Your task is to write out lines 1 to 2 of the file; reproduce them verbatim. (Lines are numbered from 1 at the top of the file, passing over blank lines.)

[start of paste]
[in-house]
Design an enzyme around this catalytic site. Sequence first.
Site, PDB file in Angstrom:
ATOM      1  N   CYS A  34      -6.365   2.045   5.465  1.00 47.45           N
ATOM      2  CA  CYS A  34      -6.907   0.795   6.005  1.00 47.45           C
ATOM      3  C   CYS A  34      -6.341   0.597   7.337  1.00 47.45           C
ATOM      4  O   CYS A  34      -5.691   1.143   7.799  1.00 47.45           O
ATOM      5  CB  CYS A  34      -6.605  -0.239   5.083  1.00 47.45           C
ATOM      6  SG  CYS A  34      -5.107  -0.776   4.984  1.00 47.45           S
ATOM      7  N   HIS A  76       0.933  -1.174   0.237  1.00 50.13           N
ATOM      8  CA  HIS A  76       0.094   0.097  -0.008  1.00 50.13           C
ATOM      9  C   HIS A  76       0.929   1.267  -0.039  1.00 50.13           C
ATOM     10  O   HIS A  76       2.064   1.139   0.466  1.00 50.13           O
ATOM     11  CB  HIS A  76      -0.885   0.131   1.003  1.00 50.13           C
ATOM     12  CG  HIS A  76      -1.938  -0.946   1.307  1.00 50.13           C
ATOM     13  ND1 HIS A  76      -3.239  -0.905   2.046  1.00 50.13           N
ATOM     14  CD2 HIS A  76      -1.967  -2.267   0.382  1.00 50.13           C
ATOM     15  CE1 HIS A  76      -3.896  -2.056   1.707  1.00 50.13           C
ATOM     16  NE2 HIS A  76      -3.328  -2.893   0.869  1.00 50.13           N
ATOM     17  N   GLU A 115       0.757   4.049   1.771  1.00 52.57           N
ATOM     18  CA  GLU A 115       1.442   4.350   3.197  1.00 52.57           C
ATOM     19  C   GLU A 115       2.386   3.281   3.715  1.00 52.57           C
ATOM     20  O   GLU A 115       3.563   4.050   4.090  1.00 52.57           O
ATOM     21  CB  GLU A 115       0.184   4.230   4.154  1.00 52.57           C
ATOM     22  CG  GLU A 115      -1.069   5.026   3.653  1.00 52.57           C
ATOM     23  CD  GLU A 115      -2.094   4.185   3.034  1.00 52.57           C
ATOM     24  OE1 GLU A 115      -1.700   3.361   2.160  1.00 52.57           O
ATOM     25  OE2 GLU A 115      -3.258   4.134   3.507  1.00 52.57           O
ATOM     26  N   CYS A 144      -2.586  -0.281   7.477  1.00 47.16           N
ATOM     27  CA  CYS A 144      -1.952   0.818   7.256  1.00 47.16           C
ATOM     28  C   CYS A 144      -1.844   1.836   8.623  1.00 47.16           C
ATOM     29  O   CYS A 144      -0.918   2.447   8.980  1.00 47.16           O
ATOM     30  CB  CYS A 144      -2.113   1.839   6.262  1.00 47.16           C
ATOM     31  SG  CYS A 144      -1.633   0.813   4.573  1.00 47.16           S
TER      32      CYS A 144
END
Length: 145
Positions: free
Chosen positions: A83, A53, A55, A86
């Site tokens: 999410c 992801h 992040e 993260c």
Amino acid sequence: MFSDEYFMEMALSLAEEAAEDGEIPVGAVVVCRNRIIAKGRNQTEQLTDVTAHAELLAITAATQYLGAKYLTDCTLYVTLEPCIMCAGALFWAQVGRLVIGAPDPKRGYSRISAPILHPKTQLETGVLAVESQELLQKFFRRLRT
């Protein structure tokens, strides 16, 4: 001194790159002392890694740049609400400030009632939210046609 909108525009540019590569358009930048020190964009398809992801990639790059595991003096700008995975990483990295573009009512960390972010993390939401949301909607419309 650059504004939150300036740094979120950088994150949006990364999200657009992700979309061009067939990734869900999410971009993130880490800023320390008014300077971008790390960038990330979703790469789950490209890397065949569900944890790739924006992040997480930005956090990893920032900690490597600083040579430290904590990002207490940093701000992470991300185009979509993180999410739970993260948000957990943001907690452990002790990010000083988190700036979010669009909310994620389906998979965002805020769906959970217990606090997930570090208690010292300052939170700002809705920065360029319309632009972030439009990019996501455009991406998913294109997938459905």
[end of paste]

[in-house]
Design an enzyme around this catalytic site. Sequence first.